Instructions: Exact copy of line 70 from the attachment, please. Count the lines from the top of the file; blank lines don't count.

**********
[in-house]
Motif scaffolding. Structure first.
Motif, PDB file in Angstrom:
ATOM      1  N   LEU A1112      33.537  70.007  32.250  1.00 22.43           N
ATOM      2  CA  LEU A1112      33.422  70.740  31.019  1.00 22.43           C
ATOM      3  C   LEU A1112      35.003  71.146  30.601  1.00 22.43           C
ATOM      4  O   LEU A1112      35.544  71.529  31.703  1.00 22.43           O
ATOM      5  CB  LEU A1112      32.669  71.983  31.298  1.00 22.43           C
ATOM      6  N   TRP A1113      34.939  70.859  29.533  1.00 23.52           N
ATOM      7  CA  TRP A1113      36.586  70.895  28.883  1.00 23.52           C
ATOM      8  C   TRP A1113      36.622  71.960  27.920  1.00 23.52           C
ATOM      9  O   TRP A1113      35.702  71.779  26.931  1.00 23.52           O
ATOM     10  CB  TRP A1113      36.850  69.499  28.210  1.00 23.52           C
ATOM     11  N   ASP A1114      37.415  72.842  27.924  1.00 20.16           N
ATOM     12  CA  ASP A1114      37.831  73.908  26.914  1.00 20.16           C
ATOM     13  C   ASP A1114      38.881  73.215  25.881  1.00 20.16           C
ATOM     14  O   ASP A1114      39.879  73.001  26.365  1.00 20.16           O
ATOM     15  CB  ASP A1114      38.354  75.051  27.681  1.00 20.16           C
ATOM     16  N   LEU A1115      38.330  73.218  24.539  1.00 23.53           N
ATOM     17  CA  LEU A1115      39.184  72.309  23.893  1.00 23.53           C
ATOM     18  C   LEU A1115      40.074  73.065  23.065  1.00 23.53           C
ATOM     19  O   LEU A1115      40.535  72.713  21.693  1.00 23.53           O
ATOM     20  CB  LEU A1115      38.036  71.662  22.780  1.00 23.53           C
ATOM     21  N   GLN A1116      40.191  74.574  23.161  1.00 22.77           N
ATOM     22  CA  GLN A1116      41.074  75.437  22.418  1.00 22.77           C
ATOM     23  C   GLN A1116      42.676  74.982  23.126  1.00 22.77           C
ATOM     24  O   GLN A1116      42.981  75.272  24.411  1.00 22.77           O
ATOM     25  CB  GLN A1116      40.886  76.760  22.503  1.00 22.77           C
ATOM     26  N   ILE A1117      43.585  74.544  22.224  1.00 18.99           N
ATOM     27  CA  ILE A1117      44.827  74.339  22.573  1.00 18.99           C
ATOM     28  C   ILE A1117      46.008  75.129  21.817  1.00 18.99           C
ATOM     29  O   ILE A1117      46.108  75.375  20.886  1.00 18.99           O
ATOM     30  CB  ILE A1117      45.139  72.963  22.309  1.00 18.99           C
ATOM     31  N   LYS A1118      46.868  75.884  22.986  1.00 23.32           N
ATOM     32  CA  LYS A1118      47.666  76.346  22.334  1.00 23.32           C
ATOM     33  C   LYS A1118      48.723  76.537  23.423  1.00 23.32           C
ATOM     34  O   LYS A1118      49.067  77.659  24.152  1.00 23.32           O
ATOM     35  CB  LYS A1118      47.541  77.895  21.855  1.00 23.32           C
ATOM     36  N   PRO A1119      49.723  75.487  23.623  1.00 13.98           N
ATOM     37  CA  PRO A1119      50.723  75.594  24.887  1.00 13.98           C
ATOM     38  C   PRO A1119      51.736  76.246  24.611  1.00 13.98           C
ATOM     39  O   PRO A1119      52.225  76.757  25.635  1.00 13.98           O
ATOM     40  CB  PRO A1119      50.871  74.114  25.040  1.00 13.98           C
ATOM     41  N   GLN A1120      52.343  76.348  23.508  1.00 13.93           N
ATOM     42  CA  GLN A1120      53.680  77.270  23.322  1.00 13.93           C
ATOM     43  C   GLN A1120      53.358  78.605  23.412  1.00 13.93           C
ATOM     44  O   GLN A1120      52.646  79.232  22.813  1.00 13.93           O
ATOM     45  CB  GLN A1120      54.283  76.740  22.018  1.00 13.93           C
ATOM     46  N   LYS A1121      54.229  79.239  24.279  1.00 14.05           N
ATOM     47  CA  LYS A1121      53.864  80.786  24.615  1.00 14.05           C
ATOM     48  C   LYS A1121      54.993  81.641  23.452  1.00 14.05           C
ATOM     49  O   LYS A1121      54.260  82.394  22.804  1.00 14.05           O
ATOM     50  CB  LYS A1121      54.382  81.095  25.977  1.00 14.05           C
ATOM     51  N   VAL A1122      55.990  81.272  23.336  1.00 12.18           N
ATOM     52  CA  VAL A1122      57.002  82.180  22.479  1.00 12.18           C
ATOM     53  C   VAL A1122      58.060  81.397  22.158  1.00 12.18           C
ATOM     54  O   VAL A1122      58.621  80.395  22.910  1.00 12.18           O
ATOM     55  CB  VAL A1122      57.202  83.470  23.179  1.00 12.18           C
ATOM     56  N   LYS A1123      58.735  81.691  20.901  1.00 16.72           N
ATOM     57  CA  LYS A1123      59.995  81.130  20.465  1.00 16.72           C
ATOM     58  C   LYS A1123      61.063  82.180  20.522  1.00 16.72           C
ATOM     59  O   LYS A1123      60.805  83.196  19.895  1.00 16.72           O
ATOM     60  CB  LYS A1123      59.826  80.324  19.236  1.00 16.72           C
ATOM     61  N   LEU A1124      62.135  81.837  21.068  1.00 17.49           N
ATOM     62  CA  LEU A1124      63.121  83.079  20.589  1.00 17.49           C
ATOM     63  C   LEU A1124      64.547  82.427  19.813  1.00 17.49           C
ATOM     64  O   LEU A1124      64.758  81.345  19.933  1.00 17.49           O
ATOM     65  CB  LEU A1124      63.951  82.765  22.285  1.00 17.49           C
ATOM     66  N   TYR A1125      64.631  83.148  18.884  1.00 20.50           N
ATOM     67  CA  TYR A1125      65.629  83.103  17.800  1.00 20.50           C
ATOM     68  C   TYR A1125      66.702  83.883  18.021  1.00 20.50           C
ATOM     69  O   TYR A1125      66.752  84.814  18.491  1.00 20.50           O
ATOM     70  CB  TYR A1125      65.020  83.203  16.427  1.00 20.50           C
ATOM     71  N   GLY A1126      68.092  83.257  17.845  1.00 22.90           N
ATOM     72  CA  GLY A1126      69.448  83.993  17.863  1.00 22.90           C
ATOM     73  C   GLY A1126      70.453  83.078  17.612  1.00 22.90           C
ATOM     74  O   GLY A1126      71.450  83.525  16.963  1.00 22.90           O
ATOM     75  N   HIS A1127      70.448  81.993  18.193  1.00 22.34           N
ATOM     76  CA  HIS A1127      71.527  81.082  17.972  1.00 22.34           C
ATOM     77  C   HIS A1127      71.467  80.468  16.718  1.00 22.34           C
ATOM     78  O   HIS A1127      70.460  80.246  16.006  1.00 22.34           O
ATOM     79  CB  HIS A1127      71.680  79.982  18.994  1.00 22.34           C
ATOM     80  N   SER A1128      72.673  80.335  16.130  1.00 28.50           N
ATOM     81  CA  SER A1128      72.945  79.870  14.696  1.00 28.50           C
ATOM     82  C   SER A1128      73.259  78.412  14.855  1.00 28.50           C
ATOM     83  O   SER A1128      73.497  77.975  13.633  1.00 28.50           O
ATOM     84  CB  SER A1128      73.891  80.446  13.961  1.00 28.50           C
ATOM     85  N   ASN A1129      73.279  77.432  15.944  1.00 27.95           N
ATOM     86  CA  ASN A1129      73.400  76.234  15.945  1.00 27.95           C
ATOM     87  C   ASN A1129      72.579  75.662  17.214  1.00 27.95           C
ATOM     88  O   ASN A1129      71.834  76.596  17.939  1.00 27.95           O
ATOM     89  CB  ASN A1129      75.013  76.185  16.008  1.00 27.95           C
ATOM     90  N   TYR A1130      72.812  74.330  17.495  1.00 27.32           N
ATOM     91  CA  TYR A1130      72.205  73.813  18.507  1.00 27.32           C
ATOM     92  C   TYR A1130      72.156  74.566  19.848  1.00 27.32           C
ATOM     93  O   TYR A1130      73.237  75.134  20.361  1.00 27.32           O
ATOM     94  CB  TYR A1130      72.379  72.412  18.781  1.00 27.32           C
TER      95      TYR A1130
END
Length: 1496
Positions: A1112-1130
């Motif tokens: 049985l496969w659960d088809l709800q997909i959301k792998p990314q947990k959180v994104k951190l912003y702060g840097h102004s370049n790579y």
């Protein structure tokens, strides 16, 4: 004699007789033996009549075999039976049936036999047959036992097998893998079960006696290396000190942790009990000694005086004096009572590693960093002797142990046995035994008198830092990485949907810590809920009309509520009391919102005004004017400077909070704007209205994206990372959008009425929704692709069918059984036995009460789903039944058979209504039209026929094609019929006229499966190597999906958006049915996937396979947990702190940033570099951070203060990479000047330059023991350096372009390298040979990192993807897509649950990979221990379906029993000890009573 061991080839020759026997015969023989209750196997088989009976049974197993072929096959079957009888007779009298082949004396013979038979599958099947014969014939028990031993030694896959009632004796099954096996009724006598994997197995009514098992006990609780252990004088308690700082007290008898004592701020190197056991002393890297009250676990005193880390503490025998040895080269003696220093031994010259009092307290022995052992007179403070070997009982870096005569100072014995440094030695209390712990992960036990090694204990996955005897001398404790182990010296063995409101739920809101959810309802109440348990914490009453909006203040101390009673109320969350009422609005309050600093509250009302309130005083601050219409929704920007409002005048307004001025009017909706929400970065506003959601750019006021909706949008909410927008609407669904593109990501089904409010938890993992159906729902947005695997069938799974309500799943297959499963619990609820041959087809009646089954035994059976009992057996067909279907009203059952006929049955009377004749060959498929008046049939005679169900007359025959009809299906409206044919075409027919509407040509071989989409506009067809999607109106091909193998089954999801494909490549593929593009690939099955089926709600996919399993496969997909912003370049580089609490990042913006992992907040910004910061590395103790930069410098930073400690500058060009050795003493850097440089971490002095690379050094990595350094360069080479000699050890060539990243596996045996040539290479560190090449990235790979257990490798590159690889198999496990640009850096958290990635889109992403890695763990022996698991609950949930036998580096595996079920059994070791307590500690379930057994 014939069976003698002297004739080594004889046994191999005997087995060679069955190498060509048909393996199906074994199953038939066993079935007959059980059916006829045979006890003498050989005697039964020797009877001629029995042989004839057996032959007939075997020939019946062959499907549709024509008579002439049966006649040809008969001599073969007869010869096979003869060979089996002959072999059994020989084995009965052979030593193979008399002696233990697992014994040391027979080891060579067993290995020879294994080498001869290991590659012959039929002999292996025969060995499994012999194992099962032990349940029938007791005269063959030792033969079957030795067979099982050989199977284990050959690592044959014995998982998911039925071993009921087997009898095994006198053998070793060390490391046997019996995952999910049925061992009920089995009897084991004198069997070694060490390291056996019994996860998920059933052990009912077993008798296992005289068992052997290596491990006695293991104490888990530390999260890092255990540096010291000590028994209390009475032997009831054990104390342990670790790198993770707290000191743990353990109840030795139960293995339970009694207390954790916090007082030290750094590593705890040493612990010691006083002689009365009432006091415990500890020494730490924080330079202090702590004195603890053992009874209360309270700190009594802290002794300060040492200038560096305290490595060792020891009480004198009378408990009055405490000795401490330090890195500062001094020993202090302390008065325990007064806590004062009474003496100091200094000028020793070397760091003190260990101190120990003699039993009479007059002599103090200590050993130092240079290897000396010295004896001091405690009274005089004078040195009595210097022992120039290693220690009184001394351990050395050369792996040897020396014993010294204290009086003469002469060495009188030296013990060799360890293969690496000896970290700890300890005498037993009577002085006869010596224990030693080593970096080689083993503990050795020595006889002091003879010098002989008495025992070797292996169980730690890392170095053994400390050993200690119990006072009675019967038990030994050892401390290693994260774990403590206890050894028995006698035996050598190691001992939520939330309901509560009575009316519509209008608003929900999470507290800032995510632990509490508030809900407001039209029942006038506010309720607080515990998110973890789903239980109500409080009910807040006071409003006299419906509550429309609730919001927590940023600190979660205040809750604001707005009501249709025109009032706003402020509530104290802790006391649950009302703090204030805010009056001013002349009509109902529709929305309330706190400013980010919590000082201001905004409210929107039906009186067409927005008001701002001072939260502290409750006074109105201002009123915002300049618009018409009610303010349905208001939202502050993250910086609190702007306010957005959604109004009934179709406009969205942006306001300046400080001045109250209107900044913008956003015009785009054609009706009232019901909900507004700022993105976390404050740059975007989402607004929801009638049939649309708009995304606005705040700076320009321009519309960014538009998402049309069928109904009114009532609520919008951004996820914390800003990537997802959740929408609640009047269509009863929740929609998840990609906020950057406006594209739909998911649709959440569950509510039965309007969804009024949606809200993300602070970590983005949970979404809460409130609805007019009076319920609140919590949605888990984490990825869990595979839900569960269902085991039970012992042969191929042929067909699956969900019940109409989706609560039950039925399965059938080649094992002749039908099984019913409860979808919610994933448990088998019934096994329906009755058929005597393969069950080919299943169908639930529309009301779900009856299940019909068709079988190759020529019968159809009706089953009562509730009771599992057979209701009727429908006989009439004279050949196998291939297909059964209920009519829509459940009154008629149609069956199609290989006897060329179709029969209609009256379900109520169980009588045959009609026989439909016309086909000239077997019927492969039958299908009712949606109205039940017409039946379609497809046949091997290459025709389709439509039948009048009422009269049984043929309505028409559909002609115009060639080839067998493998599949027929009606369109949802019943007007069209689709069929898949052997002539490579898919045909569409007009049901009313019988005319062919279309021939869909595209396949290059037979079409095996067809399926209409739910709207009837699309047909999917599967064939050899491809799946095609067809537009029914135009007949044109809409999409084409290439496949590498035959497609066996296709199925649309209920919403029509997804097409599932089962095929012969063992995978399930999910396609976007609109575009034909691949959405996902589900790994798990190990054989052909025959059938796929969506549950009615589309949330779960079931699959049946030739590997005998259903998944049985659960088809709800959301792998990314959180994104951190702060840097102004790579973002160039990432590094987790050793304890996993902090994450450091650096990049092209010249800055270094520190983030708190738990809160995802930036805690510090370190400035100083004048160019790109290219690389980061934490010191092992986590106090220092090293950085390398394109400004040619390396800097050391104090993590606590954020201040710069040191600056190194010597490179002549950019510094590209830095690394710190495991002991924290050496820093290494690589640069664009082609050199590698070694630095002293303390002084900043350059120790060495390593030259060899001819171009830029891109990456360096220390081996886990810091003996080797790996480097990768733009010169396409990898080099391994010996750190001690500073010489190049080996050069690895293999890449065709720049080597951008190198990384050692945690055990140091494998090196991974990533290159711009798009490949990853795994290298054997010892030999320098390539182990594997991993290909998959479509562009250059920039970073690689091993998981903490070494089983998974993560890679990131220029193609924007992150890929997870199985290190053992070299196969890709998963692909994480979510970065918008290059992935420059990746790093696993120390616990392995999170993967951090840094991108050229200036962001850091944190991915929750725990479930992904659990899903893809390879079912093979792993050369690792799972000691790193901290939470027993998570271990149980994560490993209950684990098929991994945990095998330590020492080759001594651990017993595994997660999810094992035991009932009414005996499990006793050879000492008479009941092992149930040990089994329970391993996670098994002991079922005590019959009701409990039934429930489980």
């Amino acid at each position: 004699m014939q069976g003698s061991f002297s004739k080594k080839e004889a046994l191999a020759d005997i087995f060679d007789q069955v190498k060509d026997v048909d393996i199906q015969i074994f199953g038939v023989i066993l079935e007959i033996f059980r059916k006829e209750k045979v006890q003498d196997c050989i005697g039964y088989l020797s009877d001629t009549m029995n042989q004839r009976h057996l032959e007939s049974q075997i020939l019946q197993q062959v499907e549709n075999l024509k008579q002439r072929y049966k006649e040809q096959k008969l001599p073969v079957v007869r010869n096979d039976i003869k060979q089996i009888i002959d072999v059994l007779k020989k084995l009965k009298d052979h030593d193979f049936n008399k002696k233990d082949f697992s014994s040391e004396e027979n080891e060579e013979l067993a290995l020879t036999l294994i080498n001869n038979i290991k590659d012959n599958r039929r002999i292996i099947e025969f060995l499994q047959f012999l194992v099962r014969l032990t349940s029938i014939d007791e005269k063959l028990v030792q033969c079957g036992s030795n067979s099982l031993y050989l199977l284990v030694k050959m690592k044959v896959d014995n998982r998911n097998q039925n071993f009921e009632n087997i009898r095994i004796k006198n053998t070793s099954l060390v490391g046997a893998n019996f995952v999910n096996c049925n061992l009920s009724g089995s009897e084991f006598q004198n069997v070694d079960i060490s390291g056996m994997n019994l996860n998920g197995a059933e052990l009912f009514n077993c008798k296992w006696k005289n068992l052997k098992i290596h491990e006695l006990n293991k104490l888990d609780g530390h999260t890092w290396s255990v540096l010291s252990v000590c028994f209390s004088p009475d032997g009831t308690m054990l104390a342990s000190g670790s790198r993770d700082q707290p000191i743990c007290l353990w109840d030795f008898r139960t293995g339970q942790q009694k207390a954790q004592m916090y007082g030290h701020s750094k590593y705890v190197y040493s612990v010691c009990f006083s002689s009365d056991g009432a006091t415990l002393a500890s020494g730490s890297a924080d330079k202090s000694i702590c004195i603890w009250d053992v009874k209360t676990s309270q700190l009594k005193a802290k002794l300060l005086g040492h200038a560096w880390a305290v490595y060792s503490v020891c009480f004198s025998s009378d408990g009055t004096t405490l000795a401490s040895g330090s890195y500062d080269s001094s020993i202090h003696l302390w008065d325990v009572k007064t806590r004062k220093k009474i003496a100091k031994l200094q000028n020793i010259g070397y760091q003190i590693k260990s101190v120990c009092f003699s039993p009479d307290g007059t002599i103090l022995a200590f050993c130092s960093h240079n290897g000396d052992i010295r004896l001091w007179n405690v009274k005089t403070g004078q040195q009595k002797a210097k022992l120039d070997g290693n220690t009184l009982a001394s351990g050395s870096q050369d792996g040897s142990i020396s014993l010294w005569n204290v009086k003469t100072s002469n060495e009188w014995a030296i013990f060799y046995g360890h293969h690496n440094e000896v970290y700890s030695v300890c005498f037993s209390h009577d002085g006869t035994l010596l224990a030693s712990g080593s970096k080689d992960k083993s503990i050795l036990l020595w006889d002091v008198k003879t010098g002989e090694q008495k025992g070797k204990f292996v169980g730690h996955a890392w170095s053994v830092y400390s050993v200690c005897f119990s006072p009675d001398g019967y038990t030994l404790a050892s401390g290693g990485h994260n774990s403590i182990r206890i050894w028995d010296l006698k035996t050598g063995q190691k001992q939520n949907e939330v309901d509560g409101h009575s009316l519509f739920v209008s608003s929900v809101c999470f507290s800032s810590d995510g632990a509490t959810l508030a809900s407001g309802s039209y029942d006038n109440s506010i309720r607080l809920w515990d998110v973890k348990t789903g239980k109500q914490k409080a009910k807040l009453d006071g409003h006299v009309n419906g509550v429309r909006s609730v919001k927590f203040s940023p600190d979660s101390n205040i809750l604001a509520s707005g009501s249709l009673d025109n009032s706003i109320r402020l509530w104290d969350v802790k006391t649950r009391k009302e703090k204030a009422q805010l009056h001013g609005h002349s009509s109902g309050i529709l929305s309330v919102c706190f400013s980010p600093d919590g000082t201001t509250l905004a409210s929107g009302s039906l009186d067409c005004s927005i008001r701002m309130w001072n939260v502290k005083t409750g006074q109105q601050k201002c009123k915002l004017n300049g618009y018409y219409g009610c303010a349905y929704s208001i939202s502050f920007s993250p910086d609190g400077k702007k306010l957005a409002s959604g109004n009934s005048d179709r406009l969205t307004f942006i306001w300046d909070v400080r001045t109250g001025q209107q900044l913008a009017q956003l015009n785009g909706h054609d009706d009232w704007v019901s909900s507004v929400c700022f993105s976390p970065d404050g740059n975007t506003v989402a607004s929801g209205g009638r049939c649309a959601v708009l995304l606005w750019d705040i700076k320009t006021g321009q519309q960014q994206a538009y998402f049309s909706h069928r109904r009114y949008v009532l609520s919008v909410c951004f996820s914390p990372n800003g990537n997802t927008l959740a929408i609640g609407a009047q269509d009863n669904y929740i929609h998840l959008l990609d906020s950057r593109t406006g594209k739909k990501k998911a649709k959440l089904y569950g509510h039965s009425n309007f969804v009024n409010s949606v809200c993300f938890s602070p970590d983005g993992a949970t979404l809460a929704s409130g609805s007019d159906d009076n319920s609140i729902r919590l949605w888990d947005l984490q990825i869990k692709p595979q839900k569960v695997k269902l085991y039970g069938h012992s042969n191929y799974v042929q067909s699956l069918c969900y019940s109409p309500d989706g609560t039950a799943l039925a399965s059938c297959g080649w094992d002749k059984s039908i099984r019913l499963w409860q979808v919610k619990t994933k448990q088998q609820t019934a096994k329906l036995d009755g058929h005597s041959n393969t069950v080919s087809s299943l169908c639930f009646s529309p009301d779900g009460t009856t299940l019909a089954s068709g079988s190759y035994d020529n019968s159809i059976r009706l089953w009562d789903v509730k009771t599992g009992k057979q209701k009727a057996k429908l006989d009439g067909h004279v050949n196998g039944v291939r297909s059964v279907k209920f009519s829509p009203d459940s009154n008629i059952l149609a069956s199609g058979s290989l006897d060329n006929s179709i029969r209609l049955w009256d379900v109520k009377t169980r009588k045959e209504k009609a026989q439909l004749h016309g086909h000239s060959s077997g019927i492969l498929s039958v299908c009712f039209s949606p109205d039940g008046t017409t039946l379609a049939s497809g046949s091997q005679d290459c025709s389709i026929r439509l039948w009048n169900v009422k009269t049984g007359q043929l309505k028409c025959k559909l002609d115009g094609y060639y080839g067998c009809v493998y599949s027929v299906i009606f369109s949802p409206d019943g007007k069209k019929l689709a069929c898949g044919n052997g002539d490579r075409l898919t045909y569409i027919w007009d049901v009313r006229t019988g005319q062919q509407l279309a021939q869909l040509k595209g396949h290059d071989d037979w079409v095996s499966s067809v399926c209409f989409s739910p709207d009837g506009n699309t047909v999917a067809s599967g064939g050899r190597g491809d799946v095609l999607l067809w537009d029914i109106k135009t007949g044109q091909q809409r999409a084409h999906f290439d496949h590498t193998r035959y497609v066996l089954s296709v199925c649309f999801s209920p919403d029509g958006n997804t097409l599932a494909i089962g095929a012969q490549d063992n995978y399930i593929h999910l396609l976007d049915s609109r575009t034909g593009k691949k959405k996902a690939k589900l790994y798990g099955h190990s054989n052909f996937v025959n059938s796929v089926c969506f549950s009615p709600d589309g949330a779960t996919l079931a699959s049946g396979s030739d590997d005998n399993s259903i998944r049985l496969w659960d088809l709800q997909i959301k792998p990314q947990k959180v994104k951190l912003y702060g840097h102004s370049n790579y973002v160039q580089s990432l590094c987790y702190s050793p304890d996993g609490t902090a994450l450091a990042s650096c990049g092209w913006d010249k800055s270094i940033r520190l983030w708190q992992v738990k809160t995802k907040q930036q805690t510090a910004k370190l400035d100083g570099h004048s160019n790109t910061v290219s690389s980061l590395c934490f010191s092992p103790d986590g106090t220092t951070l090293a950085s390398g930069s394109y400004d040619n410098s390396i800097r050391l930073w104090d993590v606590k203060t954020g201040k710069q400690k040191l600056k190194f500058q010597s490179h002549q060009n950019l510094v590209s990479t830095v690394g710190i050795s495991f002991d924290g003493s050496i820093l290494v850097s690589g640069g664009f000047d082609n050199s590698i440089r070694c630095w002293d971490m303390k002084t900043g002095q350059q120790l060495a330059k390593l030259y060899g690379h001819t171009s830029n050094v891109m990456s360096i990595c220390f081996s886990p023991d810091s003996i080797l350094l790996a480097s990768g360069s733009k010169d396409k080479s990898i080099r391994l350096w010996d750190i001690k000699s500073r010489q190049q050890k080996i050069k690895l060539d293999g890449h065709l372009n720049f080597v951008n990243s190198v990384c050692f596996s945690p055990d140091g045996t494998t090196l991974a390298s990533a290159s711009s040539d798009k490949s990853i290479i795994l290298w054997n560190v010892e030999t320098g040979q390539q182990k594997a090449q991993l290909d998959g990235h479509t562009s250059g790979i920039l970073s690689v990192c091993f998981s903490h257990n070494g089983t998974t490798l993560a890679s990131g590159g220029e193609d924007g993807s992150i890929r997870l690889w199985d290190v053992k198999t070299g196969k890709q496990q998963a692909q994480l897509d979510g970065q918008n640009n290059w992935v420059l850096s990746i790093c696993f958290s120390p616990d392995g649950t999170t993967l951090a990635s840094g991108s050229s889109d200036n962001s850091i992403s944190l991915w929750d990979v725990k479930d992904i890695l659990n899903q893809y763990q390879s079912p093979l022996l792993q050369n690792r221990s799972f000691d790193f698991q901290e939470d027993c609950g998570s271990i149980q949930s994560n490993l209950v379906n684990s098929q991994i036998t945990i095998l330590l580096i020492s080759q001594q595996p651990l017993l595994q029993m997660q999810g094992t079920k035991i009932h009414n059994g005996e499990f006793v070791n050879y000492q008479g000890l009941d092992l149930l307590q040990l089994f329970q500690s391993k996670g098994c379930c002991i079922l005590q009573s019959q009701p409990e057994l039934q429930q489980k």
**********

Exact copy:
ATOM     67  CA  TYR A1125      65.629  83.103  17.800  1.00 20.50           C